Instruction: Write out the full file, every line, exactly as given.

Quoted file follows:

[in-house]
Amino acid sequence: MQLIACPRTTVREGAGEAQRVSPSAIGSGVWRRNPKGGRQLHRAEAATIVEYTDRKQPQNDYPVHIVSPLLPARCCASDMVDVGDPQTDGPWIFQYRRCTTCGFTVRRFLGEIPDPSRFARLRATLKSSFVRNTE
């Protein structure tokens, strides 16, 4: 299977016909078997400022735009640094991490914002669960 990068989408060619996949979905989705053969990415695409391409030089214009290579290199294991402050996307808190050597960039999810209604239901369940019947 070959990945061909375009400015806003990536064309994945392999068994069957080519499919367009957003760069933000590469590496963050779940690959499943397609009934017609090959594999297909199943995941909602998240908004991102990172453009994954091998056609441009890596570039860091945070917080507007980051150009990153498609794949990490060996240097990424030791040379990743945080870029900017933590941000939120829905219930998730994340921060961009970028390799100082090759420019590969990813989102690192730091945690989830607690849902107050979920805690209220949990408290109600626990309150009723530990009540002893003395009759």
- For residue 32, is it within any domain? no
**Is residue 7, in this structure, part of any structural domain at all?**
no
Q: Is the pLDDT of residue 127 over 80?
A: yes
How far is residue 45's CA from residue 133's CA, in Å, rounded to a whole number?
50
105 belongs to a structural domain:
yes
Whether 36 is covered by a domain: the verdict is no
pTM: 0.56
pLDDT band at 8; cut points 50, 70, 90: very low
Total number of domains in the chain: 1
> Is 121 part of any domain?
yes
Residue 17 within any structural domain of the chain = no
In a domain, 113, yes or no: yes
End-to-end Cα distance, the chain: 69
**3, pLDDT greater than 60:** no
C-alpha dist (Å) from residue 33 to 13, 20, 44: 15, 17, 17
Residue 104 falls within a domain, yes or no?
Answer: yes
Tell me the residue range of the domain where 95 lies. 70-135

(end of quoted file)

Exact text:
[in-house]
Amino acid sequence: MQLIACPRTTVREGAGEAQRVSPSAIGSGVWRRNPKGGRQLHRAEAATIVEYTDRKQPQNDYPVHIVSPLLPARCCASDMVDVGDPQTDGPWIFQYRRCTTCGFTVRRFLGEIPDPSRFARLRATLKSSFVRNTE
């Protein structure tokens, strides 16, 4: 299977016909078997400022735009640094991490914002669960 990068989408060619996949979905989705053969990415695409391409030089214009290579290199294991402050996307808190050597960039999810209604239901369940019947 070959990945061909375009400015806003990536064309994945392999068994069957080519499919367009957003760069933000590469590496963050779940690959499943397609009934017609090959594999297909199943995941909602998240908004991102990172453009994954091998056609441009890596570039860091945070917080507007980051150009990153498609794949990490060996240097990424030791040379990743945080870029900017933590941000939120829905219930998730994340921060961009970028390799100082090759420019590969990813989102690192730091945690989830607690849902107050979920805690209220949990408290109600626990309150009723530990009540002893003395009759």
- For residue 32, is it within any domain? no
**Is residue 7, in this structure, part of any structural domain at all?**
no
Q: Is the pLDDT of residue 127 over 80?
A: yes
How far is residue 45's CA from residue 133's CA, in Å, rounded to a whole number?
50
105 belongs to a structural domain:
yes
Whether 36 is covered by a domain: the verdict is no
pTM: 0.56
pLDDT band at 8; cut points 50, 70, 90: very low
Total number of domains in the chain: 1
> Is 121 part of any domain?
yes
Residue 17 within any structural domain of the chain = no
In a domain, 113, yes or no: yes
End-to-end Cα distance, the chain: 69
**3, pLDDT greater than 60:** no
C-alpha dist (Å) from residue 33 to 13, 20, 44: 15, 17, 17
Residue 104 falls within a domain, yes or no?
Answer: yes
Tell me the residue range of the domain where 95 lies. 70-135